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FAM72A antagonizes UNG2 to promote mutagenic repair during antibody maturation

Abstract

Activation-induced cytidine deaminase (AID) catalyses the deamination of deoxycytidines to deoxyuracils within immunoglobulin genes to induce somatic hypermutation and class-switch recombination1,2. AID-generated deoxyuracils are recognized and processed by subverted base-excision and mismatch repair pathways that ensure a mutagenic outcome in B cells3,4,5,6. However, why these DNA repair pathways do not accurately repair AID-induced lesions remains unknown. Here, using a genome-wide CRISPR screen, we show that FAM72A is a major determinant for the error-prone processing of deoxyuracils. Fam72a-deficient CH12F3-2 B cells and primary B cells from Fam72a−/− mice exhibit reduced class-switch recombination and somatic hypermutation frequencies at immunoglobulin and Bcl6 genes, and reduced genome-wide deoxyuracils. The somatic hypermutation spectrum in B cells from Fam72a−/− mice is opposite to that observed in mice deficient in uracil DNA glycosylase 2 (UNG2)7, which suggests that UNG2 is hyperactive in FAM72A-deficient cells. Indeed, FAM72A binds to UNG2, resulting in reduced levels of UNG2 protein in the G1 phase of the cell cycle, coinciding with peak AID activity. FAM72A therefore causes U·G mispairs to persist into S phase, leading to error-prone processing by mismatch repair. By disabling the DNA repair pathways that normally efficiently remove deoxyuracils from DNA, FAM72A enables AID to exert its full effects on antibody maturation. This work has implications in cancer, as the overexpression of FAM72A that is observed in many cancers8 could promote mutagenesis.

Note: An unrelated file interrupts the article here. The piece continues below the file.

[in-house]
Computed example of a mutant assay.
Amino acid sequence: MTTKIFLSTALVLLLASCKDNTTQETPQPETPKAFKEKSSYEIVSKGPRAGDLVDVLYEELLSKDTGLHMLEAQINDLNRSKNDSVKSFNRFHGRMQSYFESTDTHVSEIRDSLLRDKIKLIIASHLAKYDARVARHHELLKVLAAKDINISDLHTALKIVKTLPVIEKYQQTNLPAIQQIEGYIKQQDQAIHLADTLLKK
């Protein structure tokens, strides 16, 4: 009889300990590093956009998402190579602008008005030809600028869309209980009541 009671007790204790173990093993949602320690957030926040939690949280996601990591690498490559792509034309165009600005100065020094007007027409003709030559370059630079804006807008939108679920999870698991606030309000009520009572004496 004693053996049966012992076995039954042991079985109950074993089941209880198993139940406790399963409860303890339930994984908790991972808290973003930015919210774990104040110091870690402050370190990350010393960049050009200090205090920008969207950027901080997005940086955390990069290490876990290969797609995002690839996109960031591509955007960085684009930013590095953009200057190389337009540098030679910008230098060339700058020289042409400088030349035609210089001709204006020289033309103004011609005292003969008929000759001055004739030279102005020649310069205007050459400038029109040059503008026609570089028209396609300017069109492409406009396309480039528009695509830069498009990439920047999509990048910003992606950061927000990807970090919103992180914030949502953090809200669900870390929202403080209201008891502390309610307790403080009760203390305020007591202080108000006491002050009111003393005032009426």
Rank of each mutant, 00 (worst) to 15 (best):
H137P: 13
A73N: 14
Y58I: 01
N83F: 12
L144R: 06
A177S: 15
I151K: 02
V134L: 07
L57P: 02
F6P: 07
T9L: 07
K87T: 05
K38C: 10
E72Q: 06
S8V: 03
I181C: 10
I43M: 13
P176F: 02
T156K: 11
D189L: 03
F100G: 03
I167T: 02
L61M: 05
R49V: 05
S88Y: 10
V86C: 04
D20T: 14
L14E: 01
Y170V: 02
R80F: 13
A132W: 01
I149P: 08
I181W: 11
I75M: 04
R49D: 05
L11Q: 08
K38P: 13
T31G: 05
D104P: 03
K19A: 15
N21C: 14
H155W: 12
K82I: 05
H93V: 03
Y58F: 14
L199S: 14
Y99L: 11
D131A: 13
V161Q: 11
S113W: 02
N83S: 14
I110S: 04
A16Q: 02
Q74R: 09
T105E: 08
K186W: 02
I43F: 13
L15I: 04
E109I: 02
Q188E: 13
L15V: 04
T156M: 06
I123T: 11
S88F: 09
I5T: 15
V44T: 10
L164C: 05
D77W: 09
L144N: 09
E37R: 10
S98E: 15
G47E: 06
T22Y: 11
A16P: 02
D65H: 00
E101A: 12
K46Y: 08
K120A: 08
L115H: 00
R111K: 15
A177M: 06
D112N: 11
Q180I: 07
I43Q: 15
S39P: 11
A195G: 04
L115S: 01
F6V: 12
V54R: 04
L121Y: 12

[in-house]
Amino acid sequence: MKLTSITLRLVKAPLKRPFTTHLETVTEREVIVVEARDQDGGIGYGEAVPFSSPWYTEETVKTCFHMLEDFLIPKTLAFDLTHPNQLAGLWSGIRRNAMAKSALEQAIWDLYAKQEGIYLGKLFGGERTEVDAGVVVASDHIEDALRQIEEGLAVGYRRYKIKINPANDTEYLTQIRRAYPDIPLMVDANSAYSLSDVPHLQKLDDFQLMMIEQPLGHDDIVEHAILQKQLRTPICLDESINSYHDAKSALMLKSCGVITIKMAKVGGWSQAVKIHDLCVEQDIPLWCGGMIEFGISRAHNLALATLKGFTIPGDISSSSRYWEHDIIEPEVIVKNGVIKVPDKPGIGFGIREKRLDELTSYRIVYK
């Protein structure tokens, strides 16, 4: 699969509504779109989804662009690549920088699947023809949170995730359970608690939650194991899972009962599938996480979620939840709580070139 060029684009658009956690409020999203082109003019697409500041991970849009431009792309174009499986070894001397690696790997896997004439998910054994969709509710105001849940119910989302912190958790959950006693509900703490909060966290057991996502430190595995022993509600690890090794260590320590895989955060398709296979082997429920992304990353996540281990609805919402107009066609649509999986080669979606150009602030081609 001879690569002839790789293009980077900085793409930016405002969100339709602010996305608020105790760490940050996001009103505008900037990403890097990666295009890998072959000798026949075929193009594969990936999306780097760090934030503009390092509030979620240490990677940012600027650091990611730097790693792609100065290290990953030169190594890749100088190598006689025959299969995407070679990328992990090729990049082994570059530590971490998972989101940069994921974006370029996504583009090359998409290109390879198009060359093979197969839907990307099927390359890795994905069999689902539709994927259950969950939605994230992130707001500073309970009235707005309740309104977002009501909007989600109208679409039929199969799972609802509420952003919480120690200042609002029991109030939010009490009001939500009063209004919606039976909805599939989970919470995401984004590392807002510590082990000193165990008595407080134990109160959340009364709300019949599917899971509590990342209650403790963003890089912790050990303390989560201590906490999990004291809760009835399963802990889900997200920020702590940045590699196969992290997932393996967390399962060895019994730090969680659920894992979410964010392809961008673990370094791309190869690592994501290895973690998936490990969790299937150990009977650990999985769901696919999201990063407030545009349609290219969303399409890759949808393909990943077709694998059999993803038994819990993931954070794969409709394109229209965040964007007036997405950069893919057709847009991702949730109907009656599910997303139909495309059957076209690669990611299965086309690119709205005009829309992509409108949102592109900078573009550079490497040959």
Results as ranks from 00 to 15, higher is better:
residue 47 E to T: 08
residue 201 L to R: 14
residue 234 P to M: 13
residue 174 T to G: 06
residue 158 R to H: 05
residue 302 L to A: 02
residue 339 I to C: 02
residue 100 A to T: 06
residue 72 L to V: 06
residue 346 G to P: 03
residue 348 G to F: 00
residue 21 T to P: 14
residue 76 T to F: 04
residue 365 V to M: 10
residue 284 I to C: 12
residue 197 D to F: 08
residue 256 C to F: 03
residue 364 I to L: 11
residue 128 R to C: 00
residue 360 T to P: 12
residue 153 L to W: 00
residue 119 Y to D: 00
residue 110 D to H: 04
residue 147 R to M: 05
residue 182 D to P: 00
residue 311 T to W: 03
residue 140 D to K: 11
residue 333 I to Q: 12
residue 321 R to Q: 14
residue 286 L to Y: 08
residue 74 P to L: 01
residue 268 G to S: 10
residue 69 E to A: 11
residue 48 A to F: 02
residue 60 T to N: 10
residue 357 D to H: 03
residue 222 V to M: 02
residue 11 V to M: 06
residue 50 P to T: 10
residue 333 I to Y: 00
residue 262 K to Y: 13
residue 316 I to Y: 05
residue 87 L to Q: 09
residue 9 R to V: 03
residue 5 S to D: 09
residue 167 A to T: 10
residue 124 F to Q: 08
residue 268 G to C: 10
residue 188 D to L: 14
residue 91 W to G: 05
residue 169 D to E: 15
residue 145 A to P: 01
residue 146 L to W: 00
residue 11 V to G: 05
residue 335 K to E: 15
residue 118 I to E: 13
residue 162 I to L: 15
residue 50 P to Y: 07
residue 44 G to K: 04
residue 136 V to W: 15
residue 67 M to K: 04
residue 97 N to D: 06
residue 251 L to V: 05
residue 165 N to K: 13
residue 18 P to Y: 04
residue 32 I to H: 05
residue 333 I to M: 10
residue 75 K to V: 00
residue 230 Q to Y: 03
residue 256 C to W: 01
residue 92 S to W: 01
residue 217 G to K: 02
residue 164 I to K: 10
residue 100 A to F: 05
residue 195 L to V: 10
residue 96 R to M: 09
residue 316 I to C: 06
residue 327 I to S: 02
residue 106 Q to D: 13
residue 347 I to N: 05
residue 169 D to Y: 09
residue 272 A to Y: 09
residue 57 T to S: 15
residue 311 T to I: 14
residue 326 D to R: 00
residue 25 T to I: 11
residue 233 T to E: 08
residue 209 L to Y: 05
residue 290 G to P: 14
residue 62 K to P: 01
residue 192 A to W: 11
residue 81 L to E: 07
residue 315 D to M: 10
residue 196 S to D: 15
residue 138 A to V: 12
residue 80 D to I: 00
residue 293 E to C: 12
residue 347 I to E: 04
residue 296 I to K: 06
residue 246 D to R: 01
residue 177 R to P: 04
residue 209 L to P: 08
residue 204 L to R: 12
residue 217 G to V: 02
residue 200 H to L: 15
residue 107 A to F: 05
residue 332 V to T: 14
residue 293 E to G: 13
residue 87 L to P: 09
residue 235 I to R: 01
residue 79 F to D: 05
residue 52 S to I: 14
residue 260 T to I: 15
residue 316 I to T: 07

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Fig. 1: Whole-genome CRISPR screen identified FAM72A as a factor required for CSR.
Fig. 2: Fam72a−/− mice exhibit defects in CSR and SHM.
Fig. 3: FAM72A is epistatic with UNG and MMR during CSR.
Fig. 4: FAM72A binds to UNG2 and leads to reduced UNG2 protein levels.

Data availability

The raw sequence reads from CRISPR screening have been deposited in the NCBI Gene Expression Omnibus under accession number GSE183706Source data are provided with this paper.

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Acknowledgements

We thank P. Poussier and M. Shulman for critical review of the manuscript. Y.F., C.L. and A.A.-Q. are recipients of the Canadian Institutes of Health Research Postdoctoral Fellowship. N.S.D. is the recipient of a doctoral award from the FRQ-S (Fonds de recherche Santé Québec). J.A.S. was supported by a competitive graduate research assistantship from the Wayne State University and R.M.-R. was supported by a Thomas C. Rumble fellowship. J.M.D.N. is a Merit scholar from the Fonds de recherche de Quebec–Santé and is supported by CIHR (PJT-155944). J.M. is supported from a CIHR project grant (CBT-438323) and holds a Canada Research Chair in Functional Genomics. D.D. is a Canada Research Chair (Tier I) and work in the D.D. laboratory was supported by a grant from the CIHR (FDN143343). A.S.B. was supported by a National Institutes of Health grant (1R21AI144708) and Bridge Funding grant from Wayne State University. A.M. is supported by grants from the CIHR (PJT-153307 and PJT-156330).